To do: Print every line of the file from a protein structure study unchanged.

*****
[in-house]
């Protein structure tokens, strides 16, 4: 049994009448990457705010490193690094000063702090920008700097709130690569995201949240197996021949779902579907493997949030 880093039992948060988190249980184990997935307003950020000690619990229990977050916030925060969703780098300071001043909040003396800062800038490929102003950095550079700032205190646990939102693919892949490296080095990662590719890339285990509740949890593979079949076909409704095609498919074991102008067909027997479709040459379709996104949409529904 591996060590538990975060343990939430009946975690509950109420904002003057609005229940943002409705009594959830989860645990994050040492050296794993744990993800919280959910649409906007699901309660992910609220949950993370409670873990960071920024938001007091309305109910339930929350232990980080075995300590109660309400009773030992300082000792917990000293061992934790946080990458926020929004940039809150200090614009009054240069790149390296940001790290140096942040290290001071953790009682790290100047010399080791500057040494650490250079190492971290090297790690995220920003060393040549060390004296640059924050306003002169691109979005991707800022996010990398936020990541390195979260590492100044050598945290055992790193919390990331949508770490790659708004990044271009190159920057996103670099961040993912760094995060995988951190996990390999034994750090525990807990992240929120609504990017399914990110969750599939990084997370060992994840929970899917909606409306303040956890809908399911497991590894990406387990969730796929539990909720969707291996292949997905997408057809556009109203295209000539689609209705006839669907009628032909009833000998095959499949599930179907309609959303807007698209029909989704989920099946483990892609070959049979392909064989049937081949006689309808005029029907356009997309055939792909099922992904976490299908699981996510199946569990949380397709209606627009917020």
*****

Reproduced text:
[in-house]
């Protein structure tokens, strides 16, 4: 049994009448990457705010490193690094000063702090920008700097709130690569995201949240197996021949779902579907493997949030 880093039992948060988190249980184990997935307003950020000690619990229990977050916030925060969703780098300071001043909040003396800062800038490929102003950095550079700032205190646990939102693919892949490296080095990662590719890339285990509740949890593979079949076909409704095609498919074991102008067909027997479709040459379709996104949409529904 591996060590538990975060343990939430009946975690509950109420904002003057609005229940943002409705009594959830989860645990994050040492050296794993744990993800919280959910649409906007699901309660992910609220949950993370409670873990960071920024938001007091309305109910339930929350232990980080075995300590109660309400009773030992300082000792917990000293061992934790946080990458926020929004940039809150200090614009009054240069790149390296940001790290140096942040290290001071953790009682790290100047010399080791500057040494650490250079190492971290090297790690995220920003060393040549060390004296640059924050306003002169691109979005991707800022996010990398936020990541390195979260590492100044050598945290055992790193919390990331949508770490790659708004990044271009190159920057996103670099961040993912760094995060995988951190996990390999034994750090525990807990992240929120609504990017399914990110969750599939990084997370060992994840929970899917909606409306303040956890809908399911497991590894990406387990969730796929539990909720969707291996292949997905997408057809556009109203295209000539689609209705006839669907009628032909009833000998095959499949599930179907309609959303807007698209029909989704989920099946483990892609070959049979392909064989049937081949006689309808005029029907356009997309055939792909099922992904976490299908699981996510199946569990949380397709209606627009917020």